this view came under direct attack, leading towards initiatives to fund science
for specific tasks (initiatives resisted by the scientific community). The issue
remains contentiousthough most analysts resist the model that technology
simply is a result of scientific research.[19][20]

History
Main articles: History of technology, Timeline of historic inventions and
Timeline of electrical and electronic engineering

Paleolithic (2.5 million YA 10,000 BC)

A primitive chopper
Further information: Outline of prehistoric technology
The use of tools by early humans was partly a process of discovery and of
evolution. Early humans evolved from a species of foraging hominids which
were already bipedal,[21] with a brain mass approximately one third of
modern humans.[22] Tool use remained relatively unchanged for most of
early human history. Approximately 50,000 years ago, the use of tools and
complex set of behaviors emerged, believed by many archaeologists to be
connected to the emergence of fully modern language.[23]

Stone tools

Hand axes from the Acheulian period

A Clovis point, made via pressure flaking


Hominids started using primitive stone tools millions of years ago. The
earliest stone tools were little more than a fractured rock, but approximately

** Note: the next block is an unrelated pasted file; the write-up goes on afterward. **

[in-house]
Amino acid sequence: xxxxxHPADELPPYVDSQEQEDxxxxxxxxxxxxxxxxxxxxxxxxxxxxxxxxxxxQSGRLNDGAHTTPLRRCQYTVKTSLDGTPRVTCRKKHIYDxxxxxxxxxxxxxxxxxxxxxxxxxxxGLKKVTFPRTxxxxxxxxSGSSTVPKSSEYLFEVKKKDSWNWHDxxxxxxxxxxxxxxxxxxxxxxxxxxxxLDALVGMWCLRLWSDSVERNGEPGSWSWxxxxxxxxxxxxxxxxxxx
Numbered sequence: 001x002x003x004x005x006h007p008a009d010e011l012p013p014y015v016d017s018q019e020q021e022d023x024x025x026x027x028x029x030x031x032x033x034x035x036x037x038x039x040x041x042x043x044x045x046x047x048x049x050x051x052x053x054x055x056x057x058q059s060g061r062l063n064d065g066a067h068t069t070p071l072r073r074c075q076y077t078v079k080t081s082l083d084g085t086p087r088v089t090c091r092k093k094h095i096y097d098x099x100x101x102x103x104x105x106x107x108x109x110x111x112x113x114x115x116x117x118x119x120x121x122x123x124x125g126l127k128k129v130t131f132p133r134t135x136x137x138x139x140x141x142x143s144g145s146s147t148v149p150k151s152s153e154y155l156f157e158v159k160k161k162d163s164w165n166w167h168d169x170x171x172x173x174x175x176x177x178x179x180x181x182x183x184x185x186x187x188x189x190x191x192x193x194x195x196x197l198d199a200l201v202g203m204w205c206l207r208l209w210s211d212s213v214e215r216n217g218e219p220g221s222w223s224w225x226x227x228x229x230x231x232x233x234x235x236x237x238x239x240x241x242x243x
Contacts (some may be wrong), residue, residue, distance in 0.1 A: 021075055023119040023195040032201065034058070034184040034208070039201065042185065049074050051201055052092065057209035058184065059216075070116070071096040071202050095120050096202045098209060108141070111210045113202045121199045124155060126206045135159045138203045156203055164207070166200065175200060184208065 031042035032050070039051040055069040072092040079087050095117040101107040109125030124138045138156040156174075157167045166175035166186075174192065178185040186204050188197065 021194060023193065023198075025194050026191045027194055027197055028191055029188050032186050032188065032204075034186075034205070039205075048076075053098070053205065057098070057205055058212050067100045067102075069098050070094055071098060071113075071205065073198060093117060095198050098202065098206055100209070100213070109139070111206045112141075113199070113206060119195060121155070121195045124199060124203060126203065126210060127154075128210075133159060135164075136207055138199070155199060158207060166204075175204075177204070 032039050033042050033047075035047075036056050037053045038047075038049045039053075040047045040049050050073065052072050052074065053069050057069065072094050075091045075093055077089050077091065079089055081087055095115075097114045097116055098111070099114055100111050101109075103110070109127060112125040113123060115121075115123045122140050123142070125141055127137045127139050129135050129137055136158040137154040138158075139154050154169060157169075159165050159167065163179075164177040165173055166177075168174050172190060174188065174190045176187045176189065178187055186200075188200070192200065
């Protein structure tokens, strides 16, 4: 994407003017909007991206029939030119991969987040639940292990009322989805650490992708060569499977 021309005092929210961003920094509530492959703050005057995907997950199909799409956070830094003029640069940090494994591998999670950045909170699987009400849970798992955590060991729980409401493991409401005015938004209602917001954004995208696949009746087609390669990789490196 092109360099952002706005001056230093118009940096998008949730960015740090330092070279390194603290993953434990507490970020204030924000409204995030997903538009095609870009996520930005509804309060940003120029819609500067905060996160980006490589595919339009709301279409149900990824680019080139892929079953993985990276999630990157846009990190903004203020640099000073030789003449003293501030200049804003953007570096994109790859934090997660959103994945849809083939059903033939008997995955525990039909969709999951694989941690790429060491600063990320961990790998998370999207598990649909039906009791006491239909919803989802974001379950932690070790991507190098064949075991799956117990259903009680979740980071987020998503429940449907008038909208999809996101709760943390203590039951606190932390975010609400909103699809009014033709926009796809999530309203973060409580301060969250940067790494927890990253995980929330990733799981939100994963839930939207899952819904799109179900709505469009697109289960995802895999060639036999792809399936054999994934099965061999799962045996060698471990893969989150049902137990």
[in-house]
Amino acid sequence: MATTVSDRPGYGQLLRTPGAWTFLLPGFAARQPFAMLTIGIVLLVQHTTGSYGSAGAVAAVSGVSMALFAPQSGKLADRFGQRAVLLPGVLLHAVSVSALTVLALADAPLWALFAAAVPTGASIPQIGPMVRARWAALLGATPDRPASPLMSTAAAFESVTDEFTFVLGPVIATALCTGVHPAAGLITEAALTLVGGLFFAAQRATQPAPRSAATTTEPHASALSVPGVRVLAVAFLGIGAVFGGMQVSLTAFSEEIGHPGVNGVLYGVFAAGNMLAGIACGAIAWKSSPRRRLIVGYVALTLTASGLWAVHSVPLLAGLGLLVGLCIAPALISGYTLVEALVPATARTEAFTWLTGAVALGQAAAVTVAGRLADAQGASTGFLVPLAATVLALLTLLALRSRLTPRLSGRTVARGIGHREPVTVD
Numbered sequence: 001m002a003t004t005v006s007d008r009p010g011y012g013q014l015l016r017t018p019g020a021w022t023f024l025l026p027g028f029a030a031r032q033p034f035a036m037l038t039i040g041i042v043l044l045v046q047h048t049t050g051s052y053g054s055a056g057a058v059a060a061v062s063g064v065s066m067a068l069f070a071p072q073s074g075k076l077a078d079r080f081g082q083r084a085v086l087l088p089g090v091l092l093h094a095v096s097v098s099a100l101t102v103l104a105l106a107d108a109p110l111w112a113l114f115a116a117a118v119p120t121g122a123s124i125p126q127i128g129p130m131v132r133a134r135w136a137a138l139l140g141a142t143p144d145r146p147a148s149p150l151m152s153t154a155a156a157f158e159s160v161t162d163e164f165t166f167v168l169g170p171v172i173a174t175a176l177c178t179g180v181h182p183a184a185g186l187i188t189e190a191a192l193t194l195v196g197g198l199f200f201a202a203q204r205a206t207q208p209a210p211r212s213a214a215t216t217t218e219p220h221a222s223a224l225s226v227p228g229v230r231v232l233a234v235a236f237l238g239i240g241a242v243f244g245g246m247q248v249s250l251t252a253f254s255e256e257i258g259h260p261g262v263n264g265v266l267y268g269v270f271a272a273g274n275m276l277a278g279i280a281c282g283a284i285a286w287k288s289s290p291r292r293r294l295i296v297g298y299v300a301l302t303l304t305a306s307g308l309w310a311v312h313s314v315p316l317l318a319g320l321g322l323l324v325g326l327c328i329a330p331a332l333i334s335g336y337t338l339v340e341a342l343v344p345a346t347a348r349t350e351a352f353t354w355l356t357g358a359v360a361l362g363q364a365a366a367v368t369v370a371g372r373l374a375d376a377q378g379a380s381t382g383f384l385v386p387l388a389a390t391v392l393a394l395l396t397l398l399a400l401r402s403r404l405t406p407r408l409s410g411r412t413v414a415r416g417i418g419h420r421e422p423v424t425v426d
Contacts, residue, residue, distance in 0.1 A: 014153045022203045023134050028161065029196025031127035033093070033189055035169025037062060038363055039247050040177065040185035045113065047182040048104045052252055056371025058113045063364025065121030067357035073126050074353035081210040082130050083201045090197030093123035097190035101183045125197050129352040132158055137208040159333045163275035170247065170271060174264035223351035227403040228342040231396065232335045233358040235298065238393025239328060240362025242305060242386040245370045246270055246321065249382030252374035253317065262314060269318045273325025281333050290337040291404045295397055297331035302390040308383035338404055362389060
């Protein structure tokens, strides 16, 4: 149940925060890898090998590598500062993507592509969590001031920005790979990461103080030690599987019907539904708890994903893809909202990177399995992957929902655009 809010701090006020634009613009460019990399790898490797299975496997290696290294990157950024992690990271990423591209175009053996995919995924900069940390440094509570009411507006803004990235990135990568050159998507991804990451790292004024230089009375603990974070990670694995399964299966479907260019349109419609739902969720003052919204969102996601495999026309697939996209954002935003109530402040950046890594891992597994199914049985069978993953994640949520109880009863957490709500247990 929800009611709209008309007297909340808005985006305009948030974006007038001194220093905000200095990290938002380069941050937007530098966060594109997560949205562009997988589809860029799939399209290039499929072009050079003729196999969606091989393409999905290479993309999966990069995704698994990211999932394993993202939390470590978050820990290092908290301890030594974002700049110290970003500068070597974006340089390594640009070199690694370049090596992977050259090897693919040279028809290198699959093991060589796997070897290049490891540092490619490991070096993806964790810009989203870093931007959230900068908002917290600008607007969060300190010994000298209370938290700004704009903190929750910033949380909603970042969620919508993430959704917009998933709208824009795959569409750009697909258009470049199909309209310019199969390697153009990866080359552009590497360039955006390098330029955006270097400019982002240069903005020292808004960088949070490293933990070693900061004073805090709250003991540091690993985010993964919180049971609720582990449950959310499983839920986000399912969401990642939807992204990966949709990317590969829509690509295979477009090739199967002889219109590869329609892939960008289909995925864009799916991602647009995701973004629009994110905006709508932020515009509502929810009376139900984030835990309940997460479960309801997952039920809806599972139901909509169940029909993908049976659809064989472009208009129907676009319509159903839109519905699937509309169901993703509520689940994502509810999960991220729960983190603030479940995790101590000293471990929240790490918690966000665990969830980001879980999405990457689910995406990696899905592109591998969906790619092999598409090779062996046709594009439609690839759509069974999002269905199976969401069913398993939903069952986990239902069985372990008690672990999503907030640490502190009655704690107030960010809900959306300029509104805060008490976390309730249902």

40,000 years ago, pressure flaking provided a way to make much finer work.

Fire
Main article: Control of fire by early humans
The discovery and utilization of fire, a simple energy source with many
profound uses, was a turning point in the technological evolution of
humankind.[24] The exact date of its discovery is not known; evidence of
burnt animal bones at the Cradle of Humankind suggests that the
domestication of fire occurred before 1,000,000 BC;[25] scholarly consensus
indicates that Homo erectus had controlled fire by between 500,000 BC and
400,000 BC.[26][27] Fire, fueled with wood and charcoal, allowed early
humans to cook their food to increase its digestibility, improving its nutrient
value and broadening the number of foods that could be eaten.[28]

Clothing and shelter


Other technological advances made during the Paleolithic era were clothing
and shelter; the adoption of both technologies cannot be dated exactly, but